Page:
Visa Inc., which is investing $1 billion in Africa over the next five years, plans to train and fund financial-technology startups to help it tap businesses and consumers on a continent where McKinsey & Co. estimates that up to 90% of financial transactions are conducted using cash.
The San Francisco-based technology firm plans to train 40 startups and fund a few each year, Andrew Torre, Visa’s president for Central and Eastern Europe, Middle East and Africa, said at the Bloomberg New Economy Gateway Africa forum in Marrakesh, Morocco, on Wednesday.
Investors in Visa have grown increasingly worried about the company’s growth prospects in developed markets like the US, where digital payments are already widely adopted. That makes Africa, home to more than 1.4 billion people — about a third of whom don’t have access to financial infrastructure — a growth market for Visa and Mastercard Inc. Visa expects fintechs to help it access as many as 50 million merchants that don’t use digital payments.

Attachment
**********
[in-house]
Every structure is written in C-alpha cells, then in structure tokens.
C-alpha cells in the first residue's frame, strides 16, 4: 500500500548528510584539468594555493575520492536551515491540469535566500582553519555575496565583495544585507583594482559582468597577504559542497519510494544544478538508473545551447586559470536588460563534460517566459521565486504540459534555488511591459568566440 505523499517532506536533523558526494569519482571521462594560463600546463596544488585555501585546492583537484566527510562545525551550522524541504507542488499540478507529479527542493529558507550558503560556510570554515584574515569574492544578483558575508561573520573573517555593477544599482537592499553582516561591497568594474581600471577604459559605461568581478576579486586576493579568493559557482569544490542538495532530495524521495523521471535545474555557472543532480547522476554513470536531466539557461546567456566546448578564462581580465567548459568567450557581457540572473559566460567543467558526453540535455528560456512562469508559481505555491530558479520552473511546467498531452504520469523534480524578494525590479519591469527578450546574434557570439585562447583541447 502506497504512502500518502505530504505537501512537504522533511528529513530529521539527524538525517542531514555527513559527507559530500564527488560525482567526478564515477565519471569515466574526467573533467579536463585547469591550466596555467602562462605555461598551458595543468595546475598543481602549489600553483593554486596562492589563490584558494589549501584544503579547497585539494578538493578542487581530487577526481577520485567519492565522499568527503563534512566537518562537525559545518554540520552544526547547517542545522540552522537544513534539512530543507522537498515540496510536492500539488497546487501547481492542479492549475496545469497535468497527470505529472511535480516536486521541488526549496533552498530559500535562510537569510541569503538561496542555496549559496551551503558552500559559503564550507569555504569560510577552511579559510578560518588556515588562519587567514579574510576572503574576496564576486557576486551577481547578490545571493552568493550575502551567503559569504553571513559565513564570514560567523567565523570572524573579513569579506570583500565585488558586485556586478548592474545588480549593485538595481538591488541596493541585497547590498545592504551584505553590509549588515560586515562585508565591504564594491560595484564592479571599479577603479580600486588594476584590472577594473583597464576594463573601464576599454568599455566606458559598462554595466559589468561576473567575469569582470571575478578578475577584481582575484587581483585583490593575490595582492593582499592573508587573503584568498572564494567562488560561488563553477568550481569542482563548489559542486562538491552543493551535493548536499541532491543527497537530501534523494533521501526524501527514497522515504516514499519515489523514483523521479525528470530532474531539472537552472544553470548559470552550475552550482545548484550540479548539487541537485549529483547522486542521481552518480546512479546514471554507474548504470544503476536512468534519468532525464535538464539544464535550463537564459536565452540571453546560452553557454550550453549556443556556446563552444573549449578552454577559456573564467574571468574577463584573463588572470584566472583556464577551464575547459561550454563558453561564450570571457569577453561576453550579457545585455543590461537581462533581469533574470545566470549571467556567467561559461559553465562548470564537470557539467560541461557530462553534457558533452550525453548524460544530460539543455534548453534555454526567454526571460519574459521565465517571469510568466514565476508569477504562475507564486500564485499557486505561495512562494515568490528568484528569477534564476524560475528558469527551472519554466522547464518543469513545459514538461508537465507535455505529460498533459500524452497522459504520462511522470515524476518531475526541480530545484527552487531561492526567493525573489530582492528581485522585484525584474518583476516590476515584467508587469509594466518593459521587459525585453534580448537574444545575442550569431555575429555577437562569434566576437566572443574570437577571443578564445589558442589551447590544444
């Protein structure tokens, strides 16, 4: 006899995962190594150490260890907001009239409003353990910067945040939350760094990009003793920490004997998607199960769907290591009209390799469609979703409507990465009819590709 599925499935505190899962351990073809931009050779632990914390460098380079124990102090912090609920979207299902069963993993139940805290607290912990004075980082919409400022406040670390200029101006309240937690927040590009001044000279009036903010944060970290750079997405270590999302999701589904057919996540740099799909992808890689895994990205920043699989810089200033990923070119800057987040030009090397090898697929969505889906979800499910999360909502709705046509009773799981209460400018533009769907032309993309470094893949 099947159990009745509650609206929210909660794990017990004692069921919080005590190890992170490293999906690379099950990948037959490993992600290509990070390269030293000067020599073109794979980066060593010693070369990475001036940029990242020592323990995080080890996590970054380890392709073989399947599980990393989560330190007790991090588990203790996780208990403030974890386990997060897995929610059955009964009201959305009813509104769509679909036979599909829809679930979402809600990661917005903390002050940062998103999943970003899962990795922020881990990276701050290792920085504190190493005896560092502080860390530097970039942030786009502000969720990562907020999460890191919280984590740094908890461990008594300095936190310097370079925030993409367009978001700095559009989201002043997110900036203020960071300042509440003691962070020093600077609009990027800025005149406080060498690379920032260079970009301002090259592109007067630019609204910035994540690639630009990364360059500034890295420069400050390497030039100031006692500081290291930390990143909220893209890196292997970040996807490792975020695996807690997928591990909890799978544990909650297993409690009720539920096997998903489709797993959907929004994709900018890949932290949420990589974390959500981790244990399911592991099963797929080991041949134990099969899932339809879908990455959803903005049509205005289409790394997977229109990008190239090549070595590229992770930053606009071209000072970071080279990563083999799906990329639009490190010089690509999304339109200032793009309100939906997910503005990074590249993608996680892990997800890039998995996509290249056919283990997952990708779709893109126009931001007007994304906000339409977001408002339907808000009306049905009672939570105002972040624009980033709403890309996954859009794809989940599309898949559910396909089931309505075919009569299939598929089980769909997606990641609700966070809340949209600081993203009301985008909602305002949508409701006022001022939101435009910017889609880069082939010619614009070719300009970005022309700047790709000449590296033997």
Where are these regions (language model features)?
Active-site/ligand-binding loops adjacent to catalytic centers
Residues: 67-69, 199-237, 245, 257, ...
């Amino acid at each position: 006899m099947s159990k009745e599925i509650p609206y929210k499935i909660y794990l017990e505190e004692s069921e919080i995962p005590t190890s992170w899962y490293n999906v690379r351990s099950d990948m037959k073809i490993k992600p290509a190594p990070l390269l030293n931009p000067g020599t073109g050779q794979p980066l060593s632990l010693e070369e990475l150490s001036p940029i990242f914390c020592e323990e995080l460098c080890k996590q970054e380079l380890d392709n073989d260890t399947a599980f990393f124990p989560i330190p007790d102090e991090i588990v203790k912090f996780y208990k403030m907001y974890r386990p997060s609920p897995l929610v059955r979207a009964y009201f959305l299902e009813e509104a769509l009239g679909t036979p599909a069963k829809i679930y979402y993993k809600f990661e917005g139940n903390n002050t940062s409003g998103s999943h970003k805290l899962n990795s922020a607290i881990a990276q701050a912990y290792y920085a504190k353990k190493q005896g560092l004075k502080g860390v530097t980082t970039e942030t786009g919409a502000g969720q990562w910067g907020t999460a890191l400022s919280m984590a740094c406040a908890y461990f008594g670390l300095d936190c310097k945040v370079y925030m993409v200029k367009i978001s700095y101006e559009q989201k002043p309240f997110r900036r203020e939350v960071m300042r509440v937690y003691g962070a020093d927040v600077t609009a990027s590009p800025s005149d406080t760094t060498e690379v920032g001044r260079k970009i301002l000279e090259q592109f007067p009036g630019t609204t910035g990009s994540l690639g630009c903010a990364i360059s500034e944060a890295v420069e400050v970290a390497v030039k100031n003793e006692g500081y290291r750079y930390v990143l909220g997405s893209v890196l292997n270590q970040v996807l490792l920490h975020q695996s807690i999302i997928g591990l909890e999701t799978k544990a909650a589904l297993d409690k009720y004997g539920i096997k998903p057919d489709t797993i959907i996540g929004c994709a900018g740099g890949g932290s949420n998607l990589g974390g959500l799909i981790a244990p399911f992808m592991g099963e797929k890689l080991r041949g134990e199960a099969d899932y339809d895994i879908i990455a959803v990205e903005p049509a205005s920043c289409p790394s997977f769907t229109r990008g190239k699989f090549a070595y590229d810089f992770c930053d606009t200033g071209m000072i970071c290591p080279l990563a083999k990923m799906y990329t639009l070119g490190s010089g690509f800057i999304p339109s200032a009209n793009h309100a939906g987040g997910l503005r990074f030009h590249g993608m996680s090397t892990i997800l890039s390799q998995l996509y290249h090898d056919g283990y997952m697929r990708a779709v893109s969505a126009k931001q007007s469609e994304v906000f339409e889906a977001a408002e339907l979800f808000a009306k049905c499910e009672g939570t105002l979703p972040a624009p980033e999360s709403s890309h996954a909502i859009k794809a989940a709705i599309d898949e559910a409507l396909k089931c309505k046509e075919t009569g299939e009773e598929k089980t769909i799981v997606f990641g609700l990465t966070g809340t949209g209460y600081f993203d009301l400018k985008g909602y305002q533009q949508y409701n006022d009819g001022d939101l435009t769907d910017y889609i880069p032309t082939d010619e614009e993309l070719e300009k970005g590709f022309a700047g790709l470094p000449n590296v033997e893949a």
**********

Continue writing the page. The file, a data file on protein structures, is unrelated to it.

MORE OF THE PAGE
“This is how we’re going to reach” the 1.4 billion consumers that are out there, Torre said in an interview on Wednesday. “We’re really interested in enabling these fintechs to be able to go into these markets and work with our existing ecosystem.”
In a report published in August, McKinsey estimated that Africa’s financial services market could grow at about 10% a year to top $230 billion in revenue by 2025. Visa, which increased its employee strength in Africa by 50% in the past two years, plans to open a new office in Tanzania. It already has 10 offices on the continent.
Africa’s median age of about 20 years is the world’s lowest, according to McKinsey. A growing number have gained access to mobile phones for the first time, offering opportunities for Visa and its rivals.
“That’s a really powerful set of factors,” Torre said. “Everyone has handsets, so it’s easier to reach them. It’s a really good recipe for us investing and growing.”
–With assistance from Mike Cohen.
Source: Yahoo Finance